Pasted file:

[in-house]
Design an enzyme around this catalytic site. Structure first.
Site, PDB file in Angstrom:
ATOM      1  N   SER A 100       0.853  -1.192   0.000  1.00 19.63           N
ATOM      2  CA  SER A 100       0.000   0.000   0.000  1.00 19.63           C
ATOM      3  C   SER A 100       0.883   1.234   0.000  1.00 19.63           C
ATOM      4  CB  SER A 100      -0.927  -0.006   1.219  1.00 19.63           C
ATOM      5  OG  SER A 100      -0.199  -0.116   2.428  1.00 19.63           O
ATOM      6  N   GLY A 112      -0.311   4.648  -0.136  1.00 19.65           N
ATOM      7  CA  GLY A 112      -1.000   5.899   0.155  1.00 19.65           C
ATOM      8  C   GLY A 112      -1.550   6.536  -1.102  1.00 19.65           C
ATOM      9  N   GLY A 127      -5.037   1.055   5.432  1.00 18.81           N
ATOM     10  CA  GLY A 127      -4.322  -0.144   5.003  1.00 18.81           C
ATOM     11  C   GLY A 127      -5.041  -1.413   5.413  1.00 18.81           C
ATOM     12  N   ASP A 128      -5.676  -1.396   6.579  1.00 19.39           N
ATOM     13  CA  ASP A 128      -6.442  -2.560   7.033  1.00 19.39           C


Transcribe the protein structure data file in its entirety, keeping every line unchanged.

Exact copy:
[in-house]
Design an enzyme around this catalytic site. Structure first.
Site, PDB file in Angstrom:
ATOM      1  N   SER A 100       0.853  -1.192   0.000  1.00 19.63           N
ATOM      2  CA  SER A 100       0.000   0.000   0.000  1.00 19.63           C
ATOM      3  C   SER A 100       0.883   1.234   0.000  1.00 19.63           C
ATOM      4  CB  SER A 100      -0.927  -0.006   1.219  1.00 19.63           C
ATOM      5  OG  SER A 100      -0.199  -0.116   2.428  1.00 19.63           O
ATOM      6  N   GLY A 112      -0.311   4.648  -0.136  1.00 19.65           N
ATOM      7  CA  GLY A 112      -1.000   5.899   0.155  1.00 19.65           C
ATOM      8  C   GLY A 112      -1.550   6.536  -1.102  1.00 19.65           C
ATOM      9  N   GLY A 127      -5.037   1.055   5.432  1.00 18.81           N
ATOM     10  CA  GLY A 127      -4.322  -0.144   5.003  1.00 18.81           C
ATOM     11  C   GLY A 127      -5.041  -1.413   5.413  1.00 18.81           C
ATOM     12  N   ASP A 128      -5.676  -1.396   6.579  1.00 19.39           N
ATOM     13  CA  ASP A 128      -6.442  -2.560   7.033  1.00 19.39           C